Jeremiah Seed (1700–1747) was an English clergyman and academic.
His father was Jeremiah Seed, who graduated B.A. from Jesus College, Cambridge, in 1682, and was rector of Clifton, Westmoreland, from 1707 until his death in 1722. Jeremiah Seed the younger was educated at Lowther grammar school, and matriculated on 7 November 1716 at The Queen's College, Oxford, proceeding B.A. on 13 February 1722, and M.A. 1725. He was chosen a fellow in 1732, and was for some years curate to Daniel Waterland, vicar of Twickenham, whose funeral sermon he preached on 4 January 1741. Seed was presented by his college in the same year to the rectory of Knight's Enham, Hampshire, where he remained until his death on 10 December 1747.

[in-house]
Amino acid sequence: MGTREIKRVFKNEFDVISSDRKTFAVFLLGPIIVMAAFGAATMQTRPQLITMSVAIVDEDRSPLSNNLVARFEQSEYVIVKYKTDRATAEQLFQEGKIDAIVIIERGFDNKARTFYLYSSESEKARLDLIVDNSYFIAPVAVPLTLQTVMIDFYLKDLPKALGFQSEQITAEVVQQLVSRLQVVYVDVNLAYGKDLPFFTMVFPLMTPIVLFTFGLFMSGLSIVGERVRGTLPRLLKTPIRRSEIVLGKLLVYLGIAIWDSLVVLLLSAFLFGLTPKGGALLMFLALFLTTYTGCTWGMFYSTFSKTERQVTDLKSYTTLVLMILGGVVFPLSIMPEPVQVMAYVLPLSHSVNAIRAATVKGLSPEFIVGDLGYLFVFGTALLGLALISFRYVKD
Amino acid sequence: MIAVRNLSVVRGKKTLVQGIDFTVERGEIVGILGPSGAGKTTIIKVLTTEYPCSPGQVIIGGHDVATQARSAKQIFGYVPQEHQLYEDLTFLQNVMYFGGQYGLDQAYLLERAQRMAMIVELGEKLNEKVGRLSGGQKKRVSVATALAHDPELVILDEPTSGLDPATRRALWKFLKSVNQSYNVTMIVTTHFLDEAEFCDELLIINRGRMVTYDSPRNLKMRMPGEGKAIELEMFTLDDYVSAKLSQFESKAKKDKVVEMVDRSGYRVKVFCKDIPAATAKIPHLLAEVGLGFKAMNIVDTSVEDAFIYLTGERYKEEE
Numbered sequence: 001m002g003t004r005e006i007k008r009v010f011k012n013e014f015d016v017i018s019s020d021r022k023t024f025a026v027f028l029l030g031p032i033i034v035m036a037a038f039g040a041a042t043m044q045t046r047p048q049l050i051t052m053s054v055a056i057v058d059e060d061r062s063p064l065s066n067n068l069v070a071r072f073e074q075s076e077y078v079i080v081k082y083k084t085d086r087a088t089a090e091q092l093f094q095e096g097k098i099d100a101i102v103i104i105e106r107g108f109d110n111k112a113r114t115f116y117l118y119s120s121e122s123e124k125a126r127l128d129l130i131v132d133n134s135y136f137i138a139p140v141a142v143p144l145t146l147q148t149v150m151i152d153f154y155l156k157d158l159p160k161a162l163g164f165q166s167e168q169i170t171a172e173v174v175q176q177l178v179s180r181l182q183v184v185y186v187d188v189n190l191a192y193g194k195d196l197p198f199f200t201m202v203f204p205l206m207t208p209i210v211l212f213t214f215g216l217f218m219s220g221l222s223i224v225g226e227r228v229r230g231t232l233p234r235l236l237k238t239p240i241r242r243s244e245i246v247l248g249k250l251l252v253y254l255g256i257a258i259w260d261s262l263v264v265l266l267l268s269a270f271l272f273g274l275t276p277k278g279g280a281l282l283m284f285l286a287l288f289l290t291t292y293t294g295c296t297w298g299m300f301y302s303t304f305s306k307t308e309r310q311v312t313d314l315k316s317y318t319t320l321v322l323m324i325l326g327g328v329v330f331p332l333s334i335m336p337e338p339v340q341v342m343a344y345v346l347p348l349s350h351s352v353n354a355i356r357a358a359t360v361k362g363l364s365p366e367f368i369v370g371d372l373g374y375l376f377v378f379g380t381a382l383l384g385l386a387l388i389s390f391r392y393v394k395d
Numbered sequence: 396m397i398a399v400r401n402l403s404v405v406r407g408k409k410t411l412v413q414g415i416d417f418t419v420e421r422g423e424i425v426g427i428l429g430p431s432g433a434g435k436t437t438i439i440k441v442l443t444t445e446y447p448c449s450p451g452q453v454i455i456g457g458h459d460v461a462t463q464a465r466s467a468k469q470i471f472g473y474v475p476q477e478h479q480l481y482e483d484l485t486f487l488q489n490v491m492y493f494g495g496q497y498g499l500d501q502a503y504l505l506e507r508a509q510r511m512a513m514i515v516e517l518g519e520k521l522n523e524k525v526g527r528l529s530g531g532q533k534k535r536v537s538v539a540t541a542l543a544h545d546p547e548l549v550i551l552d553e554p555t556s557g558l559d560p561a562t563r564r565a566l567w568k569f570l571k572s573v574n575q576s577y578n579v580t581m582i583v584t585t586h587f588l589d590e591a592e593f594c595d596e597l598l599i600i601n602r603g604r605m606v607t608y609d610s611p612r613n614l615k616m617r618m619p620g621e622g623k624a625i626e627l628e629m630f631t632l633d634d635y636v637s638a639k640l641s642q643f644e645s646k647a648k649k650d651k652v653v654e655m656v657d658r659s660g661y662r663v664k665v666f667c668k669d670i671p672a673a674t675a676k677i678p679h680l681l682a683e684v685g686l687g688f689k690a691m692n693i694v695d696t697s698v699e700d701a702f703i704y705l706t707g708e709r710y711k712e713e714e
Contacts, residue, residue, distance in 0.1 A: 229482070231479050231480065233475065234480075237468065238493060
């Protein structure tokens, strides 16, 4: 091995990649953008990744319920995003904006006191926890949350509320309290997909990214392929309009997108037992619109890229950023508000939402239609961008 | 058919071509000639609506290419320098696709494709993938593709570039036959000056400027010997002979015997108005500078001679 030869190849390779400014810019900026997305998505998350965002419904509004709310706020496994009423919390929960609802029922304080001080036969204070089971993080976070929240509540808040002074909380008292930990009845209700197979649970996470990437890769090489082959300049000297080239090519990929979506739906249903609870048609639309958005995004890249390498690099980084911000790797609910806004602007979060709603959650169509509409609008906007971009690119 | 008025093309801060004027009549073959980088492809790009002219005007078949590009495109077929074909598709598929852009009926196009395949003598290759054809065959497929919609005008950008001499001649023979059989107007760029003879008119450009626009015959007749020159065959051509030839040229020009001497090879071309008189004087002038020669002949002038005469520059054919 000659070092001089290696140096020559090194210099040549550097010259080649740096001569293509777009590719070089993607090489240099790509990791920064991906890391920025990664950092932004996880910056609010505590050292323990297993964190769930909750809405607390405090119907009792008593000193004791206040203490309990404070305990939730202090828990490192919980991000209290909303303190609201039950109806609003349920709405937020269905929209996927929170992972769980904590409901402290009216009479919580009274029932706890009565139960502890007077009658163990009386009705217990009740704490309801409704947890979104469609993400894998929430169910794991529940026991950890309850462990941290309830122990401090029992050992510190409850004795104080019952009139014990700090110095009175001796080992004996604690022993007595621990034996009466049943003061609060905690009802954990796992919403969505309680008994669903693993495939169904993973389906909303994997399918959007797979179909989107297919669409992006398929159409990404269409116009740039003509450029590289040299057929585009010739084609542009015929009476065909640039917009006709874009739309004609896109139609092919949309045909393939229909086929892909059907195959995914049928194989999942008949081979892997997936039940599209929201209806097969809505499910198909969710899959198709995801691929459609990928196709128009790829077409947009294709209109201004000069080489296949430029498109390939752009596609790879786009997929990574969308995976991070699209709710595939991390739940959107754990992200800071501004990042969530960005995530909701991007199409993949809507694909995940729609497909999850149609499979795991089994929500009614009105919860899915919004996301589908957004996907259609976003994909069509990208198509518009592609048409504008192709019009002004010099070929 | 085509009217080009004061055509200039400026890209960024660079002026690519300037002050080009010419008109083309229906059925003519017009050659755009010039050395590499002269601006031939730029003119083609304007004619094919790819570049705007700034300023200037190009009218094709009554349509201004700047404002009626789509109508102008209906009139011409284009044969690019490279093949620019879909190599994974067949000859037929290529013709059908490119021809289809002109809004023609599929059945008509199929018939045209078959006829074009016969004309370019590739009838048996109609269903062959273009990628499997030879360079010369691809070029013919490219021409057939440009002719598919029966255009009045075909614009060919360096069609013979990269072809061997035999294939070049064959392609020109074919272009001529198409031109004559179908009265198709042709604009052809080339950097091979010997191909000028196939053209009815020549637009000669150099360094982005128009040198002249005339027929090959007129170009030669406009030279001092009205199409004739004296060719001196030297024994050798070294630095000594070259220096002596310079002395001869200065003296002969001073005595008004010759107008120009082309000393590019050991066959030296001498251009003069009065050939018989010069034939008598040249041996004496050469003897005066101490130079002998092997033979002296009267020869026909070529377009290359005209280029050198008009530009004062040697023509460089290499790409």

Seed was admired as a preacher. Samuel Johnson remarked that "he was not very theological" but had "a very fine style." Two sermons were published during his lifetime; others posthumously as Discourses (London, 1743; 6th, 1766). The Posthumous Works, consisting of sermons, essays, and letters, was edited by Joseph Hall, M.A., fellow of Queen's College, and was printed for M. Seed (possibly his widow), 1750, London, 2 vols. Other editions appeared, 2 vols., Dublin, 1750; London, 1770, 1 vol.; and the work is said to have been translated into Russian.
- Dictionary of National Biography. London: Smith, Elder & Co. 1885–1900. .